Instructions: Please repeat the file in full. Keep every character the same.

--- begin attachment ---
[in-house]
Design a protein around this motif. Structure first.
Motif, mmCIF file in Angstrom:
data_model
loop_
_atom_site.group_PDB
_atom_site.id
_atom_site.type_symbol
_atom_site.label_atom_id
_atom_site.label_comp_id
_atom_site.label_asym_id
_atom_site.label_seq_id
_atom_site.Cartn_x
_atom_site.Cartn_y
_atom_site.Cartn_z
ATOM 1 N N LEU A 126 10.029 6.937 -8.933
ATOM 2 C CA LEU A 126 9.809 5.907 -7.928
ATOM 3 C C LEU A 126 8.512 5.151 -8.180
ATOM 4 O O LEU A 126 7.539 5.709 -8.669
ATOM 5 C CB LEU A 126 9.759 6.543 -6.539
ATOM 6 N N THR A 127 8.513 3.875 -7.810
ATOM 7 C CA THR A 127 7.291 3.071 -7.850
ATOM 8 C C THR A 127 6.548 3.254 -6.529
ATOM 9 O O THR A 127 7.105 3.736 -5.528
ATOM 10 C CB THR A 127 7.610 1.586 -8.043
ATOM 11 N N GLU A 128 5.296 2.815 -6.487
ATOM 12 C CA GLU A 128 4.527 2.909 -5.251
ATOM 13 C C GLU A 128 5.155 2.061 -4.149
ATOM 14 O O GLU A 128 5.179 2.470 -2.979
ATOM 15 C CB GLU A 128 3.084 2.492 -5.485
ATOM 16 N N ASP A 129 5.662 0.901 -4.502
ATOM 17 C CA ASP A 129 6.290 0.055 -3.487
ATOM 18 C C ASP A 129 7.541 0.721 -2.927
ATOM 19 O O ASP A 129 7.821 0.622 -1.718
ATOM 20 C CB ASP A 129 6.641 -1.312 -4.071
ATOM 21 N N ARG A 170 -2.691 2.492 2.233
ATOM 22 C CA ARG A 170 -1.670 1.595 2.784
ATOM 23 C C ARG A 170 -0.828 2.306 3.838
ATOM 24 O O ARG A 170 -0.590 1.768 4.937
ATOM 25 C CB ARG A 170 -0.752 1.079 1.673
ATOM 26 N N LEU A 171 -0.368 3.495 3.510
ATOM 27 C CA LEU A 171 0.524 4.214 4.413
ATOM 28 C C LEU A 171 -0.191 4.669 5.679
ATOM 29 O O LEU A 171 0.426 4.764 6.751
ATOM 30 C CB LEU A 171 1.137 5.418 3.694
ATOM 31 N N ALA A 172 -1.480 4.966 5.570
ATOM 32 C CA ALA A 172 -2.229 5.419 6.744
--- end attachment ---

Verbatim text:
[in-house]
Design a protein around this motif. Structure first.
Motif, mmCIF file in Angstrom:
data_model
loop_
_atom_site.group_PDB
_atom_site.id
_atom_site.type_symbol
_atom_site.label_atom_id
_atom_site.label_comp_id
_atom_site.label_asym_id
_atom_site.label_seq_id
_atom_site.Cartn_x
_atom_site.Cartn_y
_atom_site.Cartn_z
ATOM 1 N N LEU A 126 10.029 6.937 -8.933
ATOM 2 C CA LEU A 126 9.809 5.907 -7.928
ATOM 3 C C LEU A 126 8.512 5.151 -8.180
ATOM 4 O O LEU A 126 7.539 5.709 -8.669
ATOM 5 C CB LEU A 126 9.759 6.543 -6.539
ATOM 6 N N THR A 127 8.513 3.875 -7.810
ATOM 7 C CA THR A 127 7.291 3.071 -7.850
ATOM 8 C C THR A 127 6.548 3.254 -6.529
ATOM 9 O O THR A 127 7.105 3.736 -5.528
ATOM 10 C CB THR A 127 7.610 1.586 -8.043
ATOM 11 N N GLU A 128 5.296 2.815 -6.487
ATOM 12 C CA GLU A 128 4.527 2.909 -5.251
ATOM 13 C C GLU A 128 5.155 2.061 -4.149
ATOM 14 O O GLU A 128 5.179 2.470 -2.979
ATOM 15 C CB GLU A 128 3.084 2.492 -5.485
ATOM 16 N N ASP A 129 5.662 0.901 -4.502
ATOM 17 C CA ASP A 129 6.290 0.055 -3.487
ATOM 18 C C ASP A 129 7.541 0.721 -2.927
ATOM 19 O O ASP A 129 7.821 0.622 -1.718
ATOM 20 C CB ASP A 129 6.641 -1.312 -4.071
ATOM 21 N N ARG A 170 -2.691 2.492 2.233
ATOM 22 C CA ARG A 170 -1.670 1.595 2.784
ATOM 23 C C ARG A 170 -0.828 2.306 3.838
ATOM 24 O O ARG A 170 -0.590 1.768 4.937
ATOM 25 C CB ARG A 170 -0.752 1.079 1.673
ATOM 26 N N LEU A 171 -0.368 3.495 3.510
ATOM 27 C CA LEU A 171 0.524 4.214 4.413
ATOM 28 C C LEU A 171 -0.191 4.669 5.679
ATOM 29 O O LEU A 171 0.426 4.764 6.751
ATOM 30 C CB LEU A 171 1.137 5.418 3.694
ATOM 31 N N ALA A 172 -1.480 4.966 5.570
ATOM 32 C CA ALA A 172 -2.229 5.419 6.744